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Friday, Sept. 28, 2007
'NOT FIRST THING WE NEED TO DO'
LDP executives opt for talk, not action, on tax system overhaul
By MASAMI ITO
Apparently testing the waters before backing a possible consumption tax hike, the new top executives of the ruling Liberal Democratic Party soft-pedaled the sensitive topic in separate interviews Thursday.
In its policy platform put forward for the House of Councilors election in July, the LDP promised to hold comprehensive discussions on tax reform starting this fall, with an eye to overhauling the tax system by the end of fiscal 2007, which ends in March.
But during an interview on Thursday, LDP Secretary General Bunmei Ibuki ruled out any decision on the matter in the immediate future.
"We must eventually decide whether to increase the consumption tax or rely on a natural increase in tax revenue (to cover increased social security costs), but (I think) it is a little bit too early for a decision," Ibuki said.
In 2004, the Pension Law was revised to increase government funding of the pension program from one-third to a half by 2009. Experts say that an increase in the 5 percent consumption tax is unavoidable for covering the change.
However, the LDP has so far refused to reveal its position on a tax hike.
Instead, Toshihiro Nikai, chairman of the LDP's decision-making General Council, has called for a discussion on whether a tax increase is necessary.
"First of all, we must rack our brains to cut government spending under the current fiscal conditions," Nikai said. "But if it becomes clear that even (cost cutting) is inadequate as a source of revenue, I think it is important to deepen discussions over the issue of the consumption tax."
"The consumption tax issue has always been taboo," Nikai said, adding that the time had come for the ruling party to openly discuss the matter.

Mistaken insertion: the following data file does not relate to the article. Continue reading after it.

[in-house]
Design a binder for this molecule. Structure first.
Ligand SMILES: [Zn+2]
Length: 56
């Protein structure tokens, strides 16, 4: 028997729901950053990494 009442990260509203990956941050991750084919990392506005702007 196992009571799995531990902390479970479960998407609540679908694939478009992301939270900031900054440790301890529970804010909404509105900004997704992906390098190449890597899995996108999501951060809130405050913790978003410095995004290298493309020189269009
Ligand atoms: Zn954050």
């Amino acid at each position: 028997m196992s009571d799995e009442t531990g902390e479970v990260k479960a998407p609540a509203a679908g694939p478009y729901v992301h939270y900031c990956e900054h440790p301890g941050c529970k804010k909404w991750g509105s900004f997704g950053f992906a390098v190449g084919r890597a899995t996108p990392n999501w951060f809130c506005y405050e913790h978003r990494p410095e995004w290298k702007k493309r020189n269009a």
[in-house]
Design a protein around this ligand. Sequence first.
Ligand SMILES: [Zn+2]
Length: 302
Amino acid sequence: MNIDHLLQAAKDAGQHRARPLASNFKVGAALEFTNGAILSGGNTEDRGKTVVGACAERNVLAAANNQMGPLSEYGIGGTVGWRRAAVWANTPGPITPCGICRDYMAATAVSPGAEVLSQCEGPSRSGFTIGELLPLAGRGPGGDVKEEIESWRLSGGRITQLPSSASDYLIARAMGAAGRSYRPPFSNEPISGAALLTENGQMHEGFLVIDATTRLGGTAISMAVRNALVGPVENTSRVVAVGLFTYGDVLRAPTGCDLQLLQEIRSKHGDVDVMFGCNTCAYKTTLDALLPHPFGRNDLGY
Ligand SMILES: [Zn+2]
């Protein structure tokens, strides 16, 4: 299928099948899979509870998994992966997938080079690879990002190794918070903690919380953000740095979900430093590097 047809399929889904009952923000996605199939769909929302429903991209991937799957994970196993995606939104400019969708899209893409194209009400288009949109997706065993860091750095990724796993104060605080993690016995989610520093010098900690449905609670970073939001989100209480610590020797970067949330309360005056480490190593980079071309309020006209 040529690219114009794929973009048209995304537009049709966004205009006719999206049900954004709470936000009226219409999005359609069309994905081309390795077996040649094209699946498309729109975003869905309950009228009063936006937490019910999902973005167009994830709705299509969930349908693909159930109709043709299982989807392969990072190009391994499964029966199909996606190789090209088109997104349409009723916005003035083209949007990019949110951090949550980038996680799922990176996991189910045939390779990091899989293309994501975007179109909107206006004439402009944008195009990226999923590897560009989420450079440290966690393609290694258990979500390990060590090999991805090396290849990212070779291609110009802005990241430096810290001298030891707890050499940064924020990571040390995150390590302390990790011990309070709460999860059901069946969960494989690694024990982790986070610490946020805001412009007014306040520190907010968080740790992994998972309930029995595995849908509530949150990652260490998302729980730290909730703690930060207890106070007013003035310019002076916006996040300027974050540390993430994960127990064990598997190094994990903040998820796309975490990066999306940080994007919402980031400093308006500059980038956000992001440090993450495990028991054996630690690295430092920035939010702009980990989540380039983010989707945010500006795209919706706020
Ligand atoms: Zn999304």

"(The LDP) should earnestly listen to voters" about whether to raise the consumption tax, Nikai said, signaling its emergence as a major campaign issue in the next House of Representatives general election.
Last year, as a party presidential candidate, Sadakazu Tanigaki, the new chief of the LDP's Policy Research Council and a specialist in fiscal issues, advocated raising the consumption tax rate to 10 percent by the mid-2010s.
On Thursday, however, Tanigaki, a former finance minister, seemed to backtrack, commenting that a thorough discussion of the issue was now necessary.
"I think (the LDP) will probably eventually come to the conclusion that (the government) must (raise) the consumption tax," Tanigaki said. But "I don't necessarily think that (tackling the consumption tax issue) is the first thing we need to do."
Ibuki, Nikai and Tanigaki were appointed this week to their posts by new LDP President Yasuo Fukuda.
DPJ rejects tax talks
The opposition Democratic Party of Japan will not accept backroom talks with the ruling coalition about tax reform, including whether to hike the consumption tax, the chief of the DPJ's tax panel has said.
Veteran lawmaker Hirohisa Fujii said in an interview Wednesday that his party "has no intention of discussing" tax reform in secret with the ruling coalition.
Prime Minister Yasuo Fukuda is calling for consultations with the DPJ and other opposition parties to find ways to implement tax reform, given that the DPJ-led opposition bloc controls the House of Councilors.
"It is important for the ruling and opposition camps to clarify their positions and let the people judge," Fujii said. "We should not allow any behind-the-scenes consultations on the matter."
While the government and the ruling Liberal Democratic Party and its coalition partner New Komeito aim to raise the consumption tax from the current 5 percent, the DPJ maintains the tax rate should be kept intact.
Fujii said the DPJ wants the consumption tax rate held steady "at least until the (next) general election."
He added the DPJ is working hard to draw up a platform for tax reform in December.
Under the current system, roughly 40 percent of the ¥13 trillion in consumption tax revenue is allocated to help finance local governments either through local tax grants or direct allocations.
He said the consumption tax should be made entirely a national tax revenue source, with the money going toward the government's burden in the basic pension plan.
Nukaga seeks debate
Finance Minister Fukushiro Nukaga said Thursday the Democratic Party of Japan should come to the negotiating table and discuss tax reform with the government and ruling parties.
"Unless the DPJ accepts talks with us, we will not be able to present to the public whichever of the tax reform proposals — the government's or the DPJ's — is better," Nukaga said.
Pointing out that the ratio of the government's burden in the basic pension plan is scheduled to increase from the current one-third to 50 percent in fiscal 2009, Nukaga said the government needs to look at comprehensive tax reform, including a possible hike in the consumption tax, to cover expected revenue shortfalls.